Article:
MS: THC is what most people associate with feeling high. But if you change the shape of this molecule, it will change the effects. Heat changes the effects of this molecule. … It will interact with your receptor in a different way, and it will change the way that you feel. It’s part of the reason that smoking feels different from edibles.
What kind of byproduct is there from this process?
MS: The word byproduct just implies that everything else present isn’t important or doesn’t contribute to the effects, so it’s complicated because I don’t think we know enough about the plant or about the complex formulations in it to know yet what is or isn’t contributing to the effects that people prefer.
AW: People have been smoking for thousands of years and they’ve been consuming this huge variety of compounds in the smoke—all of them. We’re selectively capturing cannabinoids and terpenes, that’s our focus for the research—how does the heat from smoking and vaping and dabbing transform the starting material? What does that turn into and can we capture that and turn it into something so people can eat something or drink something and get the effects profile, the chemical profile in the smoke?
Strain specificity is well observed in smoking but it’s not in edibles and other formats. We’re able to capture that strain-specific profile and put that into something. That AK-47 effect from smoking—put it in a drink, put it in an edible.
MS: A lot of the strain-specific edibles getting made, we’re not sure if they lead to the same strain-specific effects, and a big piece of that has to do with the transformation.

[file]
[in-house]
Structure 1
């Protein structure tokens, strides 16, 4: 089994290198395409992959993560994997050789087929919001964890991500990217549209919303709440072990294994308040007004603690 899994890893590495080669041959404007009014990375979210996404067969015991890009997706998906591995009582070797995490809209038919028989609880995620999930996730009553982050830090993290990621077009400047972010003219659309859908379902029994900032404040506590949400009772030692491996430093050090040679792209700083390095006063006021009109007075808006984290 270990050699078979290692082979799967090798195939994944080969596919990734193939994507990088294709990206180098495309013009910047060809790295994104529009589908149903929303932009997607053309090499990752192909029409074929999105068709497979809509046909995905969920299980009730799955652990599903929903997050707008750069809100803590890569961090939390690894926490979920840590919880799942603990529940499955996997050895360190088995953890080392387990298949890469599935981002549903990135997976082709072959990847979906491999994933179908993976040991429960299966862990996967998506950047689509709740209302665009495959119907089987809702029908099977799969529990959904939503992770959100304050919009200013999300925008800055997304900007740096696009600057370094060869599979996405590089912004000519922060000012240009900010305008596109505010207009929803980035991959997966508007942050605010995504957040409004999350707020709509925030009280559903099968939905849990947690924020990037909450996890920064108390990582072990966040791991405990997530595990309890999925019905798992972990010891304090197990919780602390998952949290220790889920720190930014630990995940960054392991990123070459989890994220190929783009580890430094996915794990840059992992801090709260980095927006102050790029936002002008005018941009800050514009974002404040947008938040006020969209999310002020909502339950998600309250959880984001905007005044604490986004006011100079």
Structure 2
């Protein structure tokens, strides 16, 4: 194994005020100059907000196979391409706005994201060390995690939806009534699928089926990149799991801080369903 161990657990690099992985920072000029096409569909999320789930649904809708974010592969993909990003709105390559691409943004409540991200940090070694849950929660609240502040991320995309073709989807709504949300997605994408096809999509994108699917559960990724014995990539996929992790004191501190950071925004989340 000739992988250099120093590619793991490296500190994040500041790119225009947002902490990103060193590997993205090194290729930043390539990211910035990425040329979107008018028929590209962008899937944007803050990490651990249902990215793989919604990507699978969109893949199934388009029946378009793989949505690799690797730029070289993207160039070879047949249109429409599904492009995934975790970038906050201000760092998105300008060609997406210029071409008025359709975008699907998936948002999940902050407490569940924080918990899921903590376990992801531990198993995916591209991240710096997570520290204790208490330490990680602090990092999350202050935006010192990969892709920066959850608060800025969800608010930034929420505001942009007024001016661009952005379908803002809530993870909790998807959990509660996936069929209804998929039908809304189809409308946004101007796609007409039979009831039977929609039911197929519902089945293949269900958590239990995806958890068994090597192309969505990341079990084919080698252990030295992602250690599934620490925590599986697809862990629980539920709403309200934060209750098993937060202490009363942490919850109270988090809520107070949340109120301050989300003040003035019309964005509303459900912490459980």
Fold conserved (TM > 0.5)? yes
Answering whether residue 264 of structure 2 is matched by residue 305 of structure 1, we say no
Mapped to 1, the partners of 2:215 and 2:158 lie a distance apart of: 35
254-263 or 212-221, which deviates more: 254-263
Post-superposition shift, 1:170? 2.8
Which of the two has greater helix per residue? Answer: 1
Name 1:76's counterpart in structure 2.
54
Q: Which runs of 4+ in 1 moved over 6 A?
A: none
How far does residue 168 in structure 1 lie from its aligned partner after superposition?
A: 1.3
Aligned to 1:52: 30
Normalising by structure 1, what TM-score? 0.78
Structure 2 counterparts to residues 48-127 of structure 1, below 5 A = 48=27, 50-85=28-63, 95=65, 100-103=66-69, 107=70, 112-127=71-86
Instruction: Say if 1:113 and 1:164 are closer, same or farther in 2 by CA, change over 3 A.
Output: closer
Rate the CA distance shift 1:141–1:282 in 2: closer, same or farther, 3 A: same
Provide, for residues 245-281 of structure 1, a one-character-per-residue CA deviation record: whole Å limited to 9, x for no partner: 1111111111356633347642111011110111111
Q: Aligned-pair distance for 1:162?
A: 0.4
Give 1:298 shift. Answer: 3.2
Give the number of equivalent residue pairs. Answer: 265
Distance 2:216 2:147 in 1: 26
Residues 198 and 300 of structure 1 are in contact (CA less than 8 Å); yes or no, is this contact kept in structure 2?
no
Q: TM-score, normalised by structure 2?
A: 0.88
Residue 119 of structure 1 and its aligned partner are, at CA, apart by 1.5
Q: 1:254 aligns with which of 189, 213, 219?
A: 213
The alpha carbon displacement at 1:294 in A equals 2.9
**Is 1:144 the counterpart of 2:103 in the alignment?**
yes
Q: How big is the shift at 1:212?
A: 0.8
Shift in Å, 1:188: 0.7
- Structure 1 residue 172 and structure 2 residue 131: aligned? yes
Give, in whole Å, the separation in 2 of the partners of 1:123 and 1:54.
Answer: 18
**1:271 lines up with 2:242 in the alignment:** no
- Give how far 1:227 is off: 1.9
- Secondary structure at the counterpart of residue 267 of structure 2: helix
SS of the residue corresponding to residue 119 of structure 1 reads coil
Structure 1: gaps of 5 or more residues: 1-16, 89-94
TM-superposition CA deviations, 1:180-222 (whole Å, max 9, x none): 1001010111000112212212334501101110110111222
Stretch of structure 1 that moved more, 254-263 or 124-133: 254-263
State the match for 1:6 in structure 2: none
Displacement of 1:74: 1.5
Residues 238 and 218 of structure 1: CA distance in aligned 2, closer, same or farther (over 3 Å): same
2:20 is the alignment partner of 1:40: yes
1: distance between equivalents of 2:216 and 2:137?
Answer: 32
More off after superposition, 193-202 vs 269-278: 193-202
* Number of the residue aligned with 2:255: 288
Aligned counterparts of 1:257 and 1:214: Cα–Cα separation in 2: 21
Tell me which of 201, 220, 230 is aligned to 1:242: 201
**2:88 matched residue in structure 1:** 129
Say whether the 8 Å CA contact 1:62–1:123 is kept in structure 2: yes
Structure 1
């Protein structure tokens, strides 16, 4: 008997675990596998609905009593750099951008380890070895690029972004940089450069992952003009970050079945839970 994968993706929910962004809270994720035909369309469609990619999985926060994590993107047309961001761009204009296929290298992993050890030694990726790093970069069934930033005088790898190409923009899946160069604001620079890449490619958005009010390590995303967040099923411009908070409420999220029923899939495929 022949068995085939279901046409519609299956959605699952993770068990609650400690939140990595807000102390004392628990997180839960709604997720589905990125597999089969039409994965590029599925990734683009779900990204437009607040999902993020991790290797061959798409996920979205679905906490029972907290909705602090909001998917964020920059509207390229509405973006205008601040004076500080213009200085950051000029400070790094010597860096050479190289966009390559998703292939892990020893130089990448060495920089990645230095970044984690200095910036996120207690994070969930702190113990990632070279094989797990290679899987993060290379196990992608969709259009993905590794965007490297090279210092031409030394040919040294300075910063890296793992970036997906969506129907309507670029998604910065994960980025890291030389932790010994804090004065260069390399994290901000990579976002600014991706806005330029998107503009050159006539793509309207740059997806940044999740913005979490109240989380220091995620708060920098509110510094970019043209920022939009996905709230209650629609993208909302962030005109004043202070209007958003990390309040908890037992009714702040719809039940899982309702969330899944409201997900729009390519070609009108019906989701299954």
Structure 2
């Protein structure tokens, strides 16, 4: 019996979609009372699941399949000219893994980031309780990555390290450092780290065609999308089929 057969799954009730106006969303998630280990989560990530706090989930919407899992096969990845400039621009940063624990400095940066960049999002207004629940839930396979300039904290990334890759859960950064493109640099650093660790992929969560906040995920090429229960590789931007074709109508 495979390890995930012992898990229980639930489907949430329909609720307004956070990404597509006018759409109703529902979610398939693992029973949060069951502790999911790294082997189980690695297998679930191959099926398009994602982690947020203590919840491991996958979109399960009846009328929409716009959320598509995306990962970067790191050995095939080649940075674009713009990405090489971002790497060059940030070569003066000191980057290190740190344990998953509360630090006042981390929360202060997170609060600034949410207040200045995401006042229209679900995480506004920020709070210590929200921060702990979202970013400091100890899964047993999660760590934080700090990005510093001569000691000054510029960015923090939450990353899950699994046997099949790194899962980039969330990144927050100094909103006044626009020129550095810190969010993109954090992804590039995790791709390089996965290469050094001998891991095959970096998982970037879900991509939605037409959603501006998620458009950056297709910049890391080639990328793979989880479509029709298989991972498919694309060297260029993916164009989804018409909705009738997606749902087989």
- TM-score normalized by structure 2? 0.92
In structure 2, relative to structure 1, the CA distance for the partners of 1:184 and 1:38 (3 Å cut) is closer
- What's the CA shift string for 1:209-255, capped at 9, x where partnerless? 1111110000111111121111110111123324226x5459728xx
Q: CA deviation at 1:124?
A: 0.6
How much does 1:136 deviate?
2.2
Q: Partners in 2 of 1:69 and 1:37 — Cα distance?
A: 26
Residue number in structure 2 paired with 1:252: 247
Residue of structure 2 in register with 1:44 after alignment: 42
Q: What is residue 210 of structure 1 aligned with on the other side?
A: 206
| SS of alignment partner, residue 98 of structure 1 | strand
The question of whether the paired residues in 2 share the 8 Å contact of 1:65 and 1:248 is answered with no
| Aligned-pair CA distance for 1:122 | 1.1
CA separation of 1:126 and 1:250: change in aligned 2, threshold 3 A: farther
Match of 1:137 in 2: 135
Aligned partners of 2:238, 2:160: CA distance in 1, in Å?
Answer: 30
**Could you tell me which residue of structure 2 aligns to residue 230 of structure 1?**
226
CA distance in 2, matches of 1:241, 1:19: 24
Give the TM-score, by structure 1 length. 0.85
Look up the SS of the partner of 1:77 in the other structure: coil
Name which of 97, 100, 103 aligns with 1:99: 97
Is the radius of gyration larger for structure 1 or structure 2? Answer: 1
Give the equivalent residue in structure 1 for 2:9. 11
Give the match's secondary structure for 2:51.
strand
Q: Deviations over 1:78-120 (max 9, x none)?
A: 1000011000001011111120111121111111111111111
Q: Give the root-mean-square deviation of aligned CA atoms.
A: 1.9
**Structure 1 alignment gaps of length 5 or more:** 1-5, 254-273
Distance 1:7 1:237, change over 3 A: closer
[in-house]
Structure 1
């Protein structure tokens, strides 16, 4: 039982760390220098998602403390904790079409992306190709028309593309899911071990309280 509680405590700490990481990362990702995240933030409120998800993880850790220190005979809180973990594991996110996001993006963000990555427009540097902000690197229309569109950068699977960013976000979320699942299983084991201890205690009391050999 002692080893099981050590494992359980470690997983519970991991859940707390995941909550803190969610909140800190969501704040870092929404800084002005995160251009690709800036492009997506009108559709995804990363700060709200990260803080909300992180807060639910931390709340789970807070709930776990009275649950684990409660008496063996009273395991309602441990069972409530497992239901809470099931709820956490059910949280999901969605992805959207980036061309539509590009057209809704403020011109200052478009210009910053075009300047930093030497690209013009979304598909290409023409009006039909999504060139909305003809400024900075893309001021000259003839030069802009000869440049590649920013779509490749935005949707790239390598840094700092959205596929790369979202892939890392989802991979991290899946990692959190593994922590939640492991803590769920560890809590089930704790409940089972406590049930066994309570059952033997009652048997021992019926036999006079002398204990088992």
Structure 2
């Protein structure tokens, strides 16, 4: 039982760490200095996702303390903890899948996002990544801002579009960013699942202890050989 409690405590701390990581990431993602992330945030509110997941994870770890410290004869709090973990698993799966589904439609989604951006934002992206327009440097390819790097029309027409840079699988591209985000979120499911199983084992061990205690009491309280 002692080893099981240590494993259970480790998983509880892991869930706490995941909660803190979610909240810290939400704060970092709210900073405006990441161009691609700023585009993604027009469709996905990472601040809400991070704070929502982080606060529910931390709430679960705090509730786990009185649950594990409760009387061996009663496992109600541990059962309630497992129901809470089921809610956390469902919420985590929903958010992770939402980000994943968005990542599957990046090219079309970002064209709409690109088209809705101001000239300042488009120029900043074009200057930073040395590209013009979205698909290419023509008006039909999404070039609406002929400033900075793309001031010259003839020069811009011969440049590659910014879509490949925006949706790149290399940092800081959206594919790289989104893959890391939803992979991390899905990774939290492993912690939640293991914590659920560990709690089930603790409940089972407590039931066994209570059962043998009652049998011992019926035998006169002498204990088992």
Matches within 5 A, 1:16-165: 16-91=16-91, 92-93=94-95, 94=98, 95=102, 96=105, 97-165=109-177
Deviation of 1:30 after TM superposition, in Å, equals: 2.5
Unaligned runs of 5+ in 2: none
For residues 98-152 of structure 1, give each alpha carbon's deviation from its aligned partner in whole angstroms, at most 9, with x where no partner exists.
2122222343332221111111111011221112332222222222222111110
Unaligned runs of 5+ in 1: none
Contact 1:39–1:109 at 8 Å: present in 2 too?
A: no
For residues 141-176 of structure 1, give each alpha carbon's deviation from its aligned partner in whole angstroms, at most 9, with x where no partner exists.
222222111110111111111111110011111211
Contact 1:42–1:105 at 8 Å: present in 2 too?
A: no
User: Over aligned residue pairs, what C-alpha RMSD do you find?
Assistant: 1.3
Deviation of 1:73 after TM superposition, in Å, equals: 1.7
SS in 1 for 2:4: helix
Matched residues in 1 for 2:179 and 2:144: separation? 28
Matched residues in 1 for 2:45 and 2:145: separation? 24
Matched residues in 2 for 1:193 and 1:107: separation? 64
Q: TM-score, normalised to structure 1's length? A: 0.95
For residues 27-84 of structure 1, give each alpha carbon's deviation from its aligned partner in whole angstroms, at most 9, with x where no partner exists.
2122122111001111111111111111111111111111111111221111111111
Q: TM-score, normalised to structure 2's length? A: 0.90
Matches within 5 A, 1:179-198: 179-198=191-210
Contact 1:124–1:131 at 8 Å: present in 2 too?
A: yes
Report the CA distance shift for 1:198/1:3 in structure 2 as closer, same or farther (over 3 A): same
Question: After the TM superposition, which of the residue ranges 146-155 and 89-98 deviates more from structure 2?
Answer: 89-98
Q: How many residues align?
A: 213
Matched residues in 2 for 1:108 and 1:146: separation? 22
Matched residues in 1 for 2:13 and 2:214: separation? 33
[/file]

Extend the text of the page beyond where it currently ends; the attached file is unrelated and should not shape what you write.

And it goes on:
Where would you say you are in your research? Where are you on your journey?
MS: It’s early. We’re one of the only groups that are doing this research because smoke is stigmatized. There’s a lot of negative research on cannabis smoke and smoke in general; we’re not denying that that research exists or saying it’s not valid, it’s just that there is no effort put into researching the positive benefits.
AW: We’re about three-and-a-half years into this. We started by taking my dab rig and cranking it to about a thousand degrees. CBD isolate was our first experiment—[when heated] it transformed into 18 distinctive compounds that were cannabinoids.
MS: Research is still being done on isolates, too, because in reality we still don’t understand a lot of these molecules at their base level. It’s a complicated reality of what is cannabis and what is cannabis as a medicine and what makes it special? I think a piece of what makes it special is what we can’t yet conceptualize but we’re working on it.
AW: To make a very complicated subject simpler, we see a lot of obsession with THC, but when you smoke, you’re not just consuming THC. It’s transforming into CBN and other THC derivatives and other cannabinoids. We think the research how we’re doing it is important because consumers who are using all this smoke and inhaled products really don’t know what’s happening. And now we know it’s not all about THC, or all about CBD, but rather about a huge chemical diversity found in smoke.
MS: It’s known that there are benefits for specific strains, and it’s known that we can’t always replicate that, but it would be a big step toward using cannabis as a medicine and as something that can be reproduced the same way.
AW: There are millions of Americans who have chronic respiratory problems and can’t smoke but could benefit from the effects. We can use this research technology as a production method to create those extracts.
A Queens, NY native who came to New England in 2004 to earn his MA in journalism at Boston University, Chris Faraone is the editor and co-publisher of DigBoston and a co-founder of the Boston Institute for Nonprofit Journalism. He has published several books including 99 Nights with the 99 Percent, and has written liner notes for hip-hop gods including Cypress Hill, Pete Rock, Nas, and various members of the Wu-Tang Clan.